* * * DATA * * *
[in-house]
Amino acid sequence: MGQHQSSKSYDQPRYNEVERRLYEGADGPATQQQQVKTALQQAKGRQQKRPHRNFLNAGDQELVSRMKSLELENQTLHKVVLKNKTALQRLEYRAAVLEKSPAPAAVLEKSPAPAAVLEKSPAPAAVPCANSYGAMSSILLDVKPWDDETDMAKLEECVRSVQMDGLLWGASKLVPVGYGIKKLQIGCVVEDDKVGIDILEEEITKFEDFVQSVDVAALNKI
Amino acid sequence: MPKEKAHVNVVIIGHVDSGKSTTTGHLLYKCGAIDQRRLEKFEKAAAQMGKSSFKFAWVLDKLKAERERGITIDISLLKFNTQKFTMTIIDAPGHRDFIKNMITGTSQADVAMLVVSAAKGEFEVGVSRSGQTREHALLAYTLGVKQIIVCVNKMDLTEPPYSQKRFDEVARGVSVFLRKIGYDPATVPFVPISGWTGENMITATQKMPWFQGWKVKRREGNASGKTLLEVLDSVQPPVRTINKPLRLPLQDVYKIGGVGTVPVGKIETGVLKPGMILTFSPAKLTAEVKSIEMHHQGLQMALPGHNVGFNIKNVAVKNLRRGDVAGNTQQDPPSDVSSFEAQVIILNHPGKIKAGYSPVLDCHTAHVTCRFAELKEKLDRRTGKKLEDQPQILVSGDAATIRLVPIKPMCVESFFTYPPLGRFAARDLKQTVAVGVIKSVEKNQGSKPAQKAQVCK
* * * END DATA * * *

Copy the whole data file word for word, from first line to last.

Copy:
[in-house]
Amino acid sequence: MGQHQSSKSYDQPRYNEVERRLYEGADGPATQQQQVKTALQQAKGRQQKRPHRNFLNAGDQELVSRMKSLELENQTLHKVVLKNKTALQRLEYRAAVLEKSPAPAAVLEKSPAPAAVLEKSPAPAAVPCANSYGAMSSILLDVKPWDDETDMAKLEECVRSVQMDGLLWGASKLVPVGYGIKKLQIGCVVEDDKVGIDILEEEITKFEDFVQSVDVAALNKI
Amino acid sequence: MPKEKAHVNVVIIGHVDSGKSTTTGHLLYKCGAIDQRRLEKFEKAAAQMGKSSFKFAWVLDKLKAERERGITIDISLLKFNTQKFTMTIIDAPGHRDFIKNMITGTSQADVAMLVVSAAKGEFEVGVSRSGQTREHALLAYTLGVKQIIVCVNKMDLTEPPYSQKRFDEVARGVSVFLRKIGYDPATVPFVPISGWTGENMITATQKMPWFQGWKVKRREGNASGKTLLEVLDSVQPPVRTINKPLRLPLQDVYKIGGVGTVPVGKIETGVLKPGMILTFSPAKLTAEVKSIEMHHQGLQMALPGHNVGFNIKNVAVKNLRRGDVAGNTQQDPPSDVSSFEAQVIILNHPGKIKAGYSPVLDCHTAHVTCRFAELKEKLDRRTGKKLEDQPQILVSGDAATIRLVPIKPMCVESFFTYPPLGRFAARDLKQTVAVGVIKSVEKNQGSKPAQKAQVCK